HEARINGS BEFORE THE COMMITTEE ON RULES.

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Stran 1351 - He takes the liberty of calling attention to the fact that the objects which the statesmen of the belligerents on both sides have in mind in this war are virtually the same, as stated in general terms to their own people and to the world.
Stran 1352 - In the measures to be taken to secure the future peace of the world, the people and Government of the United States are as vitally and as directly interested as the Governments now at war. Their interest, moreover, in the means to be adopted to relieve the smaller and weaker peoples of the world of the peril of wrong and violence is as quick and ardent as that of any other people or Government. They stand ready, and even eager, to cooperate in the accomplishment of these ends, when the war is over,...
Stran 1351 - ... the question of peace and may best be considered in connection with other proposals which have the same end in view. The President can only beg that his suggestion be considered entirely on its own merits and as if it had been made in other...
Stran 1351 - Each side desires to make the rights and privileges of weak peoples and small States as secure against aggression or denial in the future as the rights and privileges of the great and powerful States now at war.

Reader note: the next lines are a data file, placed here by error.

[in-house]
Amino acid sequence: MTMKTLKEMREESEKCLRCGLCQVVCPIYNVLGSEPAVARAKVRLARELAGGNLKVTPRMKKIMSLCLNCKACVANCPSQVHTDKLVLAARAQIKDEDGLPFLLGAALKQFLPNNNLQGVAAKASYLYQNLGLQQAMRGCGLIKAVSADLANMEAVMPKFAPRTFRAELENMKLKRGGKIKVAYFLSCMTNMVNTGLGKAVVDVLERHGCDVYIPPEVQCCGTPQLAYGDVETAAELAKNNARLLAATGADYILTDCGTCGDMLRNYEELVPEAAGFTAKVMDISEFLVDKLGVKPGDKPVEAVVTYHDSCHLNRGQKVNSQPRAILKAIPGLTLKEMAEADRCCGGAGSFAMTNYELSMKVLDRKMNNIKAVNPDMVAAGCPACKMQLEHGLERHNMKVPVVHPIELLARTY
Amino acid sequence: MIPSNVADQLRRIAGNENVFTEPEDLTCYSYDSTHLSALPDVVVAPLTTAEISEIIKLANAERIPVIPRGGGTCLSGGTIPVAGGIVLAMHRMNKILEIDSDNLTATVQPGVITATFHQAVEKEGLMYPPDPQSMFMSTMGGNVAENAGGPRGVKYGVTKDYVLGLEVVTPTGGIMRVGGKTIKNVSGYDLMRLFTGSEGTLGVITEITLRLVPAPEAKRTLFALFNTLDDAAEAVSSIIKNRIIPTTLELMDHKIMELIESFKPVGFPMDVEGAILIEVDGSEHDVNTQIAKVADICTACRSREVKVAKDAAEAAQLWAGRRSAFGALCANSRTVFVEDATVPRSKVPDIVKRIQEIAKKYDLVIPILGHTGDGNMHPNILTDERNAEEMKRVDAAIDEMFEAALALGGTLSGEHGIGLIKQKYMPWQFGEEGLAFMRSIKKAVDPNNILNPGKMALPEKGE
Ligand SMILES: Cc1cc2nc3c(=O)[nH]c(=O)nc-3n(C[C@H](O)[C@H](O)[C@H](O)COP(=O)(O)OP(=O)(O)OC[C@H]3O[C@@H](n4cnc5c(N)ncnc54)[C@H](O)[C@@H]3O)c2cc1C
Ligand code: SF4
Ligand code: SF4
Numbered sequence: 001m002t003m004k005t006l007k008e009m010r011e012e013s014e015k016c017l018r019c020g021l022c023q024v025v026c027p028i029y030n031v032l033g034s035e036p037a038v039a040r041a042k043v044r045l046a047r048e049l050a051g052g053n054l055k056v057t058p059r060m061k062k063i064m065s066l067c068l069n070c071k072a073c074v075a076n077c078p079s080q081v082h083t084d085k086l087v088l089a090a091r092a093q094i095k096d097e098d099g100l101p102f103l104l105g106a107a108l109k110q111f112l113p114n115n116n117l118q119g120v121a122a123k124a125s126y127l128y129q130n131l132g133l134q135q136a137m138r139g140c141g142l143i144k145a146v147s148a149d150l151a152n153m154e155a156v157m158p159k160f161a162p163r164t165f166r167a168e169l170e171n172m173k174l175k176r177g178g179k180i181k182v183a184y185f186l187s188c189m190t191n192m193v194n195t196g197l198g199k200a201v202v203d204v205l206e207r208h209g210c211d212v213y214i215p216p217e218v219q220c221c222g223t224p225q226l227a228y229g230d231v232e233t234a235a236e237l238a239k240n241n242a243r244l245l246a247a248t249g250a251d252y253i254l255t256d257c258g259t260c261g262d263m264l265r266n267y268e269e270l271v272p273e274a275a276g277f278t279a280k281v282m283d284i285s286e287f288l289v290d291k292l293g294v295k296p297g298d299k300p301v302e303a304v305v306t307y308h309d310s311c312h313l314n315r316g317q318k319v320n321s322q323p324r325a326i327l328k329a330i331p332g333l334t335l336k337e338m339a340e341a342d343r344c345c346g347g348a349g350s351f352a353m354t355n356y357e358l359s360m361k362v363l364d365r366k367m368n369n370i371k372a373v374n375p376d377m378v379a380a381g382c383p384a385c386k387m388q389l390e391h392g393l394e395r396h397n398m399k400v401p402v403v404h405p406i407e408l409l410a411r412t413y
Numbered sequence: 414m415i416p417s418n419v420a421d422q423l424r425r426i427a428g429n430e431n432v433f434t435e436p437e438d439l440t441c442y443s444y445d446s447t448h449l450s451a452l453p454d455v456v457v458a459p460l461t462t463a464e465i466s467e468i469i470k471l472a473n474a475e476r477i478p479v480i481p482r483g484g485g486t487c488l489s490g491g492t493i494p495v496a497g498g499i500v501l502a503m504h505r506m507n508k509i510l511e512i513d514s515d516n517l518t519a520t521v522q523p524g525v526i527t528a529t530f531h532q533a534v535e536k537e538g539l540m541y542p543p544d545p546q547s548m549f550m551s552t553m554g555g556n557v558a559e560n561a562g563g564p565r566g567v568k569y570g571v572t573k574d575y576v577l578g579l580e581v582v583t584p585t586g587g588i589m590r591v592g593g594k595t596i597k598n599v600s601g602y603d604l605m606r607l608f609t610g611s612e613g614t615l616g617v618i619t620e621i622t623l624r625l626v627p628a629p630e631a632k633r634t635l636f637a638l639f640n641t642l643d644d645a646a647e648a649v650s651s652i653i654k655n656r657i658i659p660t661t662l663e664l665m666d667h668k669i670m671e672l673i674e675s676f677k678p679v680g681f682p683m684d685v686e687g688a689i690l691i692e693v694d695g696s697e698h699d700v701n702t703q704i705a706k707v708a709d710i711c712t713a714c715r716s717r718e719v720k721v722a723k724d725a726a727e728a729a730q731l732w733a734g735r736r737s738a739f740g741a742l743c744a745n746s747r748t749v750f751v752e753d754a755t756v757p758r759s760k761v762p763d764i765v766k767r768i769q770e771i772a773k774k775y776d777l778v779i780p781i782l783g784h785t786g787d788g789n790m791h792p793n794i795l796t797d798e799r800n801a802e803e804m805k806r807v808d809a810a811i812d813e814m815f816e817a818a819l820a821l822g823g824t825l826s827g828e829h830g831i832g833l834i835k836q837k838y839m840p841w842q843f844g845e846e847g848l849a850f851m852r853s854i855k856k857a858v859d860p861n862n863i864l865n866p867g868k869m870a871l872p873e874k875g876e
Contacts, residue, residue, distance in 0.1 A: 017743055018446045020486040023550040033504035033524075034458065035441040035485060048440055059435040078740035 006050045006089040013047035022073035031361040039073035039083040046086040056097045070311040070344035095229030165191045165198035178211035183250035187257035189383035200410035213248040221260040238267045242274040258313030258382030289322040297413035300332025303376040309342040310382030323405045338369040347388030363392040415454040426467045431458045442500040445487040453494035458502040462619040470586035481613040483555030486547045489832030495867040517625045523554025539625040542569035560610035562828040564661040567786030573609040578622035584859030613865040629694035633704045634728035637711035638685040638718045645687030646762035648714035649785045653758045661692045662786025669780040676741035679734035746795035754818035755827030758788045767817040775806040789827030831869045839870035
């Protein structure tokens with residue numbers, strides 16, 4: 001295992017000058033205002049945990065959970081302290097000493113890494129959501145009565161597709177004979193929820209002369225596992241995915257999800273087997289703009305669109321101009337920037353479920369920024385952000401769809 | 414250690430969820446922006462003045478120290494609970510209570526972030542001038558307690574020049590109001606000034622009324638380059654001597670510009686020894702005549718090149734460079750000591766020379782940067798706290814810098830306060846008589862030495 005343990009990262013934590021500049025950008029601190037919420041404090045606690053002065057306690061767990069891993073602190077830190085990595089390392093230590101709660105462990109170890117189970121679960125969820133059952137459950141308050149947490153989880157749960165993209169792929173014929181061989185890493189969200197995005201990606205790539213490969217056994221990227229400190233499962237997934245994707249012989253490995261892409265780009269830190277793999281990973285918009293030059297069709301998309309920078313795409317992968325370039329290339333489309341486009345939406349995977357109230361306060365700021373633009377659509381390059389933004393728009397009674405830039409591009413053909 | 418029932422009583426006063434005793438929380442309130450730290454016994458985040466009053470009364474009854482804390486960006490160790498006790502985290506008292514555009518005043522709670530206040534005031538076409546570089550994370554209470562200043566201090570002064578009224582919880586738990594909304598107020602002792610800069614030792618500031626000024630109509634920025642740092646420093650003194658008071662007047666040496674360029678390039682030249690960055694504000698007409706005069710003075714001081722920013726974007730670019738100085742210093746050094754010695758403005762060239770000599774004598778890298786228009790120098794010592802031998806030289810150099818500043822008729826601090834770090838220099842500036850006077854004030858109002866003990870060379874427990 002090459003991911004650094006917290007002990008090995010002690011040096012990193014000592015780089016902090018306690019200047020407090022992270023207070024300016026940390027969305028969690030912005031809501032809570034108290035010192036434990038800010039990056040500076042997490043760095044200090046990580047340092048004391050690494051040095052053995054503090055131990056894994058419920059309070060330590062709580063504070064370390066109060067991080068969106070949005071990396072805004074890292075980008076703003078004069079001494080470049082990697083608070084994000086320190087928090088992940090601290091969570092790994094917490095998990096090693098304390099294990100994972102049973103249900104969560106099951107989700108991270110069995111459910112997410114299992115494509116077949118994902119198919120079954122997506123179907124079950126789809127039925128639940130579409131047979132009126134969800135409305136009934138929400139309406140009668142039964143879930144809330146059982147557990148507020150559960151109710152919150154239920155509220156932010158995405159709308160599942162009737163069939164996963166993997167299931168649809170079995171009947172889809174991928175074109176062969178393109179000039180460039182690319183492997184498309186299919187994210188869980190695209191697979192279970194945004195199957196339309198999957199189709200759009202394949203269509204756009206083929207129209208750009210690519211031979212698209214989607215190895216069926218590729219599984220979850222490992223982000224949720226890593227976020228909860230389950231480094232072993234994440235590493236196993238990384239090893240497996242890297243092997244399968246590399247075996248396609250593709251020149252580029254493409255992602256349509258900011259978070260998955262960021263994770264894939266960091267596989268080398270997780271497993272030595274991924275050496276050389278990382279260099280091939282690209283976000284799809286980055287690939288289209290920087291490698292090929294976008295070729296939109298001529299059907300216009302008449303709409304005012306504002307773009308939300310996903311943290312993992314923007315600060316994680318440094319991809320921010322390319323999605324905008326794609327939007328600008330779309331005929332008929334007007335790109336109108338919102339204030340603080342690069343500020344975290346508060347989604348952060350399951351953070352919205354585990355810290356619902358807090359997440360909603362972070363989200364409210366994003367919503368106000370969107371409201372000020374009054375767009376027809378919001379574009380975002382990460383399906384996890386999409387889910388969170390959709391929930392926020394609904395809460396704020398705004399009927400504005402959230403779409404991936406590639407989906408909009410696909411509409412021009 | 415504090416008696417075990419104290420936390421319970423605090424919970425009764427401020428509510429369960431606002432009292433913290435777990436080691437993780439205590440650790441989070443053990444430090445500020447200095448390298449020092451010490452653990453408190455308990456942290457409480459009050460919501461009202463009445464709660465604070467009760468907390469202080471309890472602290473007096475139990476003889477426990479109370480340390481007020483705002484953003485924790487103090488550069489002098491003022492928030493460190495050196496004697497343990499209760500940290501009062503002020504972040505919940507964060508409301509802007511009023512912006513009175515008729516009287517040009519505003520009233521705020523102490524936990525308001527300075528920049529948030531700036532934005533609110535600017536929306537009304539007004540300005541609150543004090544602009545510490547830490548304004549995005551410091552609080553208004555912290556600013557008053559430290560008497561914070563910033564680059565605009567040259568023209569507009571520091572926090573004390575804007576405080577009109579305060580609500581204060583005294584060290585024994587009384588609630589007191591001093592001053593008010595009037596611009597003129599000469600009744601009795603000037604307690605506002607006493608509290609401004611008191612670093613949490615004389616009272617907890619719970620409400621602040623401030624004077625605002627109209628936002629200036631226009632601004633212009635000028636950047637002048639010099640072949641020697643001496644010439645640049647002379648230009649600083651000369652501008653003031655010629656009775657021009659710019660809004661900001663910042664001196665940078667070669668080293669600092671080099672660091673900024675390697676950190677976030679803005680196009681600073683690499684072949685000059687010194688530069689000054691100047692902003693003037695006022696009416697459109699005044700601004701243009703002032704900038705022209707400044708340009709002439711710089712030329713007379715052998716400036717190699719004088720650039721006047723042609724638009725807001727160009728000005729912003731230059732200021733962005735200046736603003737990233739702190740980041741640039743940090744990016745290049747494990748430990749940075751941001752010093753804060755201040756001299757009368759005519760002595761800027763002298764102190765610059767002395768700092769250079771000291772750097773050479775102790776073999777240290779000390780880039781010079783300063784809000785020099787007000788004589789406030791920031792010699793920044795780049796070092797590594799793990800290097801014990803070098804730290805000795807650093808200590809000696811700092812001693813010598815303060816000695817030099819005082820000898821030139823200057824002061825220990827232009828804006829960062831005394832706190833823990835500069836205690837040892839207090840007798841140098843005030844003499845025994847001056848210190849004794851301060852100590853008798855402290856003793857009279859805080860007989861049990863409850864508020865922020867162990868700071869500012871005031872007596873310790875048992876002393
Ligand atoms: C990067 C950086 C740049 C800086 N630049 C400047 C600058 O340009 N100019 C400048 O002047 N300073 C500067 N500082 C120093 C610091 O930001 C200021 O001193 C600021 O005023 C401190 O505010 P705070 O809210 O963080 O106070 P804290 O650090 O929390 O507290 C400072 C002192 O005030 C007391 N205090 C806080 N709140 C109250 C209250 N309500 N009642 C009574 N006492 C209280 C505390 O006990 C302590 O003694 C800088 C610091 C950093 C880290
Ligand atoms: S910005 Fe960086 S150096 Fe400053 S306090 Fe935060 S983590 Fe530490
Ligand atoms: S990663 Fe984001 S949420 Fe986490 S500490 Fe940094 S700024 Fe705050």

Stran 1152 - The President is not proposing peace ; he is not even offering mediation. He is merely proposing that soundings be taken in order that we may learn, the neutral nations with the belligerent, how near the haven of peace may be for which all mankind longs with an intense and increasing longing.
Stran 1152 - ... such an avowal of their respective views as to the terms upon which the war might be concluded and the arrangements which would be deemed satisfactory as a guaranty against its renewal or the kindling of any similar conflict in the future as would make it possible frankly to compare them.
Stran 1351 - Each would be jealous of the formation of any more rival leagues to preserve an uncertain balance of power amidst multiplying suspicions ; but each is ready to consider the formation of a league of nations to insure peace and justice throughout the world.
Stran 1352 - It may be that peace is nearer than we know; that the terms which the belligerents on the one side and on the other would deem it necessary to insist upon are not so irreconcilable as some have feared...
Stran 1352 - The President therefore feels altogether justified in suggesting an immediate opportunity for a comparison of views as to the terms which must precede those ultimate arrangements for the peace of the world...
Stran 1152 - Their interest, moreover, in the means to be adopted to relieve the smaller and weaker peoples of the world of the peril of wrong and violence is as quick and ardent as that of any other people or Government. They stand ready, and even eager, to co-operate in the accomplishment of these ends, when the war is over, with every influence and resource at their command. But the war must first be concluded. The terms upon which it is to be concluded they are not at liberty to suggest ; but the President...

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